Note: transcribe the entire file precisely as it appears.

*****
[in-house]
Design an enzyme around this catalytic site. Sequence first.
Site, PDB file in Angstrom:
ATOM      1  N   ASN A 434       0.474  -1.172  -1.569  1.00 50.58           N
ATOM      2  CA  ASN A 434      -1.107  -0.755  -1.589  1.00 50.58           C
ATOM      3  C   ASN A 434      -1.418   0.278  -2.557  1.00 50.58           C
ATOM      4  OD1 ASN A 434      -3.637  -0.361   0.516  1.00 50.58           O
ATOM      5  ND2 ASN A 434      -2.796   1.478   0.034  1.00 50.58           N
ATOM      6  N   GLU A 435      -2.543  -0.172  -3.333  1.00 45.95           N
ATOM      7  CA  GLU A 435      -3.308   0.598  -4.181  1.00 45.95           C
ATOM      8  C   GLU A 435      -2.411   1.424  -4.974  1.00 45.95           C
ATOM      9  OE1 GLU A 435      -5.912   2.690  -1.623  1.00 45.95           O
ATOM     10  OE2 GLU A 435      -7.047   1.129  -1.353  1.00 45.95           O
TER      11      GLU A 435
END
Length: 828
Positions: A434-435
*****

[in-house]
Design an enzyme around this catalytic site. Sequence first.
Site, PDB file in Angstrom:
ATOM      1  N   ASN A 434       0.474  -1.172  -1.569  1.00 50.58           N
ATOM      2  CA  ASN A 434      -1.107  -0.755  -1.589  1.00 50.58           C
ATOM      3  C   ASN A 434      -1.418   0.278  -2.557  1.00 50.58           C
ATOM      4  OD1 ASN A 434      -3.637  -0.361   0.516  1.00 50.58           O
ATOM      5  ND2 ASN A 434      -2.796   1.478   0.034  1.00 50.58           N
ATOM      6  N   GLU A 435      -2.543  -0.172  -3.333  1.00 45.95           N
ATOM      7  CA  GLU A 435      -3.308   0.598  -4.181  1.00 45.95           C
ATOM      8  C   GLU A 435      -2.411   1.424  -4.974  1.00 45.95           C
ATOM      9  OE1 GLU A 435      -5.912   2.690  -1.623  1.00 45.95           O
ATOM     10  OE2 GLU A 435      -7.047   1.129  -1.353  1.00 45.95           O
TER      11      GLU A 435
END
Length: 828
Positions: A434-435